But the occasion for all of this dancing was twofold. First was the announcement, made earlier on Thursday afternoon, that the NSO had extended Noseda’s contract as music director by an additional two seasons, through 2026-2027. It’s a show of institutional confidence in the conductor, now five seasons into his directorship, signaling that the sea change in energy he brought to the orchestra seems to be working. And that confidence was reflected by the audience in a boisterous breakout of “bravo! “-peppered applause when the news was announced from the stage by NSO board chair Ronald Abramson.
NSO extends music director Gianandrea Noseda’s tenure
The second component of the celebration took the form of a small stack of bright-blue gift boxes that materialized onstage alongside the podium after intermission. If you’ve ever wondered what awaits NSO players at the conclusion of several decades of dedicated service, the Tiffany paperweight and signed, framed photo of their fellow musicians is just one half of it. The other half was a warm standing ovation that took several minutes to settle.
Such was the spirited send-off that greeted this year’s batch of retiring NSO musicians — a slightly larger contingent and later celebration than usual because of delays caused by the pandemic. On Thursday, the orchestra offered fond farewells to seven of its longest-tenured musicians, five of whom were present, representing a combined 297 years of service: assistant principal percussionist Kenneth Harbison (44 years), assistant principal trumpet Steven Hendrickson (39 years) , contrabassoonist and bassoonist Lewis Lipnick (51 years), violinist George Marsh (42 years), violist Eric deWaardt (36 years), associate principal French horn Laurel Bennert Ohlson (42 years) and flutist and piccoloist Alice Kogan Weinreb (43 years).
Thus, Noseda seemed quite in the mood for a dance party — albeit his idea of one. Rota’s dazzling suite was adapted some 12 years after his original score for longtime collaborator Federico Fellini’s 1954 film “La Strada,” and although it gleams with a cinematic sheen, Noseda coaxed alluring complexities from its seven short movements that revealed musical depths often obscured by the scrim of silver screen.
As one might expect from a film composer as prolific as Rota (with whom Fellini collaborated on nearly 70 films), the “La Strada” suite feels as visual as it does musical; and, recontextualized as a ballet, the arrangement of its movements — a sequence of jarring jump cuts — attains an arresting physicality.
The film tells the tale of Gelsomina, a young woman trapped in servitude to the brutish circus strongman Zampanò, who ends up killing the only light in her life — the Fool from the high wire — and plunging her into a fatal despair. (And you thought that paperweight was heavy!)
The music, however, is loose, light and often rapturous — its teetering opening circus themes played as though the orchestra were balanced atop a ball, its plummeting trombones serving pachydermal flourishes and its syncopated segues finding Noseda bouncing in place with his arms outstretched like a marionette.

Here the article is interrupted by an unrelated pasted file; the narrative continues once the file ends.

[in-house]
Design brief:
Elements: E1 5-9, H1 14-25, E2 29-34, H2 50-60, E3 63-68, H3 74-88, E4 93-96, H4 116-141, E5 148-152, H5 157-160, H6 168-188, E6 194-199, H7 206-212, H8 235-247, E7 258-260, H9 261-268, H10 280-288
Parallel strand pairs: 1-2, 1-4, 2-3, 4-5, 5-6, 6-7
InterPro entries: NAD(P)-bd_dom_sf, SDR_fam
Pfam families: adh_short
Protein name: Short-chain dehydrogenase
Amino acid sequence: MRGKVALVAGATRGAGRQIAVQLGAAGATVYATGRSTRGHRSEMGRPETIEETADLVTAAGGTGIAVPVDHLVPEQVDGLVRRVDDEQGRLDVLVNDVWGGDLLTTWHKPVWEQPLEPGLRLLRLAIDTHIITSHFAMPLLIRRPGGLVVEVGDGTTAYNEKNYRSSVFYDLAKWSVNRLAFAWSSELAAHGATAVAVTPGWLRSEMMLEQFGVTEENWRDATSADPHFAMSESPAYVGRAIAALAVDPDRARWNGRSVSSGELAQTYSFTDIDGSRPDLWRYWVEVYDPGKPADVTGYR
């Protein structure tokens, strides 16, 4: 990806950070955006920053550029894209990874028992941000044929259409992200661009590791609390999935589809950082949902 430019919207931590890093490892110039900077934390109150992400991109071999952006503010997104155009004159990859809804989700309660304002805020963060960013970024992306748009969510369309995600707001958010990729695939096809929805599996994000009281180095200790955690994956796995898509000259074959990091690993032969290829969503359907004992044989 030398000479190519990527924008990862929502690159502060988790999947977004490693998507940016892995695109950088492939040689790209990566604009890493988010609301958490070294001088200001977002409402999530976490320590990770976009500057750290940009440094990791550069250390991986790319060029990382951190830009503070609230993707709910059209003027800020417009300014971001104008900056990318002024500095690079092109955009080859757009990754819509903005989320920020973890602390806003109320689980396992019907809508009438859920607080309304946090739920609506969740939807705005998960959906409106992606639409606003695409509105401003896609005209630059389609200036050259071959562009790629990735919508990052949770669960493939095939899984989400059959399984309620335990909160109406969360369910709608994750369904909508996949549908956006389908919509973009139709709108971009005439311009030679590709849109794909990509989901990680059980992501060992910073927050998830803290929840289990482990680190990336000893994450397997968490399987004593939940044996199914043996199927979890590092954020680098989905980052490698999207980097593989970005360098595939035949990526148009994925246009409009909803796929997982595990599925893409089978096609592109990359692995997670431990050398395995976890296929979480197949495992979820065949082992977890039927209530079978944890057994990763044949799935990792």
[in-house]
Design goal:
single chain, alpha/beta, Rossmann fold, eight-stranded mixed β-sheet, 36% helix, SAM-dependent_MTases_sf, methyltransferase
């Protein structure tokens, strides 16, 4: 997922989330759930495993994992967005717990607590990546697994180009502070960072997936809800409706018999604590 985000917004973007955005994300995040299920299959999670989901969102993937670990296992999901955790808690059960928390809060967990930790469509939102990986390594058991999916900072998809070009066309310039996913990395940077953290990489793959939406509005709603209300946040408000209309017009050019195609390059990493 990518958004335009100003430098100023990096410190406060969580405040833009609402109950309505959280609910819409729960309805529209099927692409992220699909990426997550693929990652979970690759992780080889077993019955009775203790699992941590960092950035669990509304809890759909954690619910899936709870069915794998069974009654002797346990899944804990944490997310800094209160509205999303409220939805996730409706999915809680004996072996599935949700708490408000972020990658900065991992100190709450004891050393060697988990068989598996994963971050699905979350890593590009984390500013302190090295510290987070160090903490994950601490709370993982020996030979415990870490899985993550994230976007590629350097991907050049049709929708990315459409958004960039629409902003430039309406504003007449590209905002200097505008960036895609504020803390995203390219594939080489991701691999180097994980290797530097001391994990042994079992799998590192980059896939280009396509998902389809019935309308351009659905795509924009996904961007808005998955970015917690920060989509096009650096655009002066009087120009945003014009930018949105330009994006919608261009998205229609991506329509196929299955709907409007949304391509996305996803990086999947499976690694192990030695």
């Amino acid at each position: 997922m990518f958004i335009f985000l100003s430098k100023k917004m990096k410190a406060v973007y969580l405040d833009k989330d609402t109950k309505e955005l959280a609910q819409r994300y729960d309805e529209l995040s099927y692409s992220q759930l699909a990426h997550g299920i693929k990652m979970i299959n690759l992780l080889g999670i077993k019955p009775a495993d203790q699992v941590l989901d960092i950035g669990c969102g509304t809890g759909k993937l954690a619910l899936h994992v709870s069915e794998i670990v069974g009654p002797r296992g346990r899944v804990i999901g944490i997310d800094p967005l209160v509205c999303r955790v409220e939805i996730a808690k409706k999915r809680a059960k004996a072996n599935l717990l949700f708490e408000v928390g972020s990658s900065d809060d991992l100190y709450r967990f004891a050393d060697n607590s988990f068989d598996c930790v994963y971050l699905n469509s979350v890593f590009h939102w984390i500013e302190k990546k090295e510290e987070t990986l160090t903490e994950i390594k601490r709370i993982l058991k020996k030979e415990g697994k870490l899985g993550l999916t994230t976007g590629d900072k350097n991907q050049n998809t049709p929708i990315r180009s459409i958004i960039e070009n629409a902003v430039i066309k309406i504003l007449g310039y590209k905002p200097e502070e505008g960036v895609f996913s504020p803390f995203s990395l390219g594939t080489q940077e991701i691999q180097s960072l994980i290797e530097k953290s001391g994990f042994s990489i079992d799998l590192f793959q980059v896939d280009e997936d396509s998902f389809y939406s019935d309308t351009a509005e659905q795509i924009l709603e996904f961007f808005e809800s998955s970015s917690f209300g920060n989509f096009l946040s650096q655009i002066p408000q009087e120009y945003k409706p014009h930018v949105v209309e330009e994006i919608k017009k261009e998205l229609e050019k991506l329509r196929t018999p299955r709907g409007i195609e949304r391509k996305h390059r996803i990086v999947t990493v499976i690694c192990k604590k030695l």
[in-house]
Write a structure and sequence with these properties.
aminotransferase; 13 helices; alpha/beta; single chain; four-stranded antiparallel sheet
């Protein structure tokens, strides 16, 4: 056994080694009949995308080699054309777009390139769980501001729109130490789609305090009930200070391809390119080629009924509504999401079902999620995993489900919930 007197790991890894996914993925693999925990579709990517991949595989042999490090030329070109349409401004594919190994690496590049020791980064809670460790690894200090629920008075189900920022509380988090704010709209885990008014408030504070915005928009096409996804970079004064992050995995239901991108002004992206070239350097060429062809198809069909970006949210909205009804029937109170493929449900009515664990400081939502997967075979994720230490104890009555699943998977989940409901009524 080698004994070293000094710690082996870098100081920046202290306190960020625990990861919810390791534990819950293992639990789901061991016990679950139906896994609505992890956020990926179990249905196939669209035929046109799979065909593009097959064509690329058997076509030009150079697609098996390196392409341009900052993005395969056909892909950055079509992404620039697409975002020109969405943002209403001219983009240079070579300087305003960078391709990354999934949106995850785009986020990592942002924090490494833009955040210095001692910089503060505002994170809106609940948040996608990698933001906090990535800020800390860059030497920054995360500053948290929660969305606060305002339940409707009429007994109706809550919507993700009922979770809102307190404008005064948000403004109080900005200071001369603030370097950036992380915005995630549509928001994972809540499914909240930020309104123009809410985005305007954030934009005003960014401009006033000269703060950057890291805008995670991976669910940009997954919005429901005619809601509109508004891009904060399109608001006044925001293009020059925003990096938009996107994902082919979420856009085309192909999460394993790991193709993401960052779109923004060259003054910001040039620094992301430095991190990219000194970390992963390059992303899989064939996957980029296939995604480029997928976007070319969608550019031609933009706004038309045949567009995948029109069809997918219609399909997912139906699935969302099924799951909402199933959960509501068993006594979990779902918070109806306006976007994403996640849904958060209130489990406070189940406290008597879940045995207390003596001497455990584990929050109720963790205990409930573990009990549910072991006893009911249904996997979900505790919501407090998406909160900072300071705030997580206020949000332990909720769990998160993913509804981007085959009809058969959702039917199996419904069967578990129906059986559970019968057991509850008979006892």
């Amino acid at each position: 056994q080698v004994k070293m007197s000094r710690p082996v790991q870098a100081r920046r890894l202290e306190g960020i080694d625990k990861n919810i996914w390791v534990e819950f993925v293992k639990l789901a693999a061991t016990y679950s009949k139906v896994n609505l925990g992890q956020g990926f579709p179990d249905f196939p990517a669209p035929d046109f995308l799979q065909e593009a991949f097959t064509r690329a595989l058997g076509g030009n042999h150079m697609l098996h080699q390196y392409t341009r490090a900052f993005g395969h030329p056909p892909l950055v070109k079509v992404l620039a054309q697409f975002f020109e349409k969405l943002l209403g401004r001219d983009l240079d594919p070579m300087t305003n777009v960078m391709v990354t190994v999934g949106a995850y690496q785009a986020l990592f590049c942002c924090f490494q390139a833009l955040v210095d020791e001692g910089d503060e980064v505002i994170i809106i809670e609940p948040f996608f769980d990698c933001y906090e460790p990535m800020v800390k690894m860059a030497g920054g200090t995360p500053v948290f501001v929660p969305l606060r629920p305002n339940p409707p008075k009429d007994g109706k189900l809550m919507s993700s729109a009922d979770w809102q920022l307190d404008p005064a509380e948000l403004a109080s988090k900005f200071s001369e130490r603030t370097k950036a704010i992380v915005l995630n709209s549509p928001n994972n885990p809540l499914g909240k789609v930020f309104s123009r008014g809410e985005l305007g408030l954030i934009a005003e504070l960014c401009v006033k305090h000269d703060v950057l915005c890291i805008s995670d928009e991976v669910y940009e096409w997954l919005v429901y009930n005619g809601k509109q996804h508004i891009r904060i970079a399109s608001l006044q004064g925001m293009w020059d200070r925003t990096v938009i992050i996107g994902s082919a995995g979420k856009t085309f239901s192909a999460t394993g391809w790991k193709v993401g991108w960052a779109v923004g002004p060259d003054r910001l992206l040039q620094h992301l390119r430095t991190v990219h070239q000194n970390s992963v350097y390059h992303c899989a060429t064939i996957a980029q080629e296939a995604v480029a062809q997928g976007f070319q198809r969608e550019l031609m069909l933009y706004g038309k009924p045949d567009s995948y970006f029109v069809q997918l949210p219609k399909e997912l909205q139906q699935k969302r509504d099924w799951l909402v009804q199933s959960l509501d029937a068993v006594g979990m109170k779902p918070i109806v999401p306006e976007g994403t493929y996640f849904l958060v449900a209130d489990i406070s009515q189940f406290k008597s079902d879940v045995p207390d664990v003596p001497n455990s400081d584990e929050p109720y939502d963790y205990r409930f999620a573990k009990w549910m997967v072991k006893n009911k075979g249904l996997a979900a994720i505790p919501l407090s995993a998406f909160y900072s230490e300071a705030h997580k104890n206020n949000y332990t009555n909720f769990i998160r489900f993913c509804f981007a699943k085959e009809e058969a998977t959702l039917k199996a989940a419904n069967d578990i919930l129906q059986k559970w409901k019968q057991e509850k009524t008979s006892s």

But Rota’s suite also leaves room under its tent for tenderness and deeply saturated cinematic color. Concertmaster Nurit Bar-Josef’s playing was especially beautiful in its aching solo stretches, her articulations brimming with character, as well as the suite’s thrilling closing climb.
Toasting to classical music under the stars
The program’s second half focused on Borodin, whose music landed in most American ears through Robert Wright and George Forrest’s 1953 musical (and subsequent 1955 film) “Kismet.” Along with César Cui, Mily Balakirev, Modest Mussorgsky and Nikolay Rimsky-Korsakov, Borodin was a member of “The Five” — a group of 19th-century Russian composers who sought to showcase and foreground Russian musical traditions rather than obscure them beneath the veneer of Western classicism. As such, the Symphony No. 2 in B minor, completed in 1875 and premiered in 1877, is crackling with heroic swagger and brimming with virile rhythmic gusto.
And although it certainly does tap a folkloric vein, it also reveals Borodin as a bit of a futurist, his themes fragmenting and multiplying in ways that seem defiant — progressive, even. While Borodin’s primary occupation as a chemist provides only anecdotal explanation for his tendency toward effervescent atomization, the symphony packed more punch than I expected.
Noseda was a big part of this microscopic investigation of Borodin’s textures, which may have been more evident to the audience through the far more familiar terrain of the “Polovtsian Dances” from the composer’s posthumously completed 1890 opera, “Prince Igor.” The Dances compress a tight pack of varied moods and emotions — almost all of them smuggled through the last century into various corners of culture.
The “Gliding Dance of the Maidens,” for instance, is a melody that has trickled from one generation to the next. You might know its tune from the suite itself, or from its transformation (via “Kismet”) into the now-standard love song “Stranger in Paradise,” or from the “Saru-Mon’s Castle” level of “Ape Escape 3.” (Given another century, Borodin could have been one of our great video game composers.)
And if it seemed as though the high note of the “Polovtsian Dances” was a strange one to go out on for Noseda’s final show of the season, by its rousing finale its place on the program made perfect sense. With a cobra-shaped stripe of sweat tracing his spine, Noseda’s body snapped like a whip, his arms summoning the orchestra to a whirling climax. He’s got a knack for making old favorites sound not just new, but renewed.
It may be why they’re so keen to keep him around — and why I find myself, here on the brink of summer, already ready for fall.
Noseda conducts Rota & Borodin repeats Friday, June 3, and Saturday, June 4, at the Kennedy Center Concert Hall. kennedy-center.org.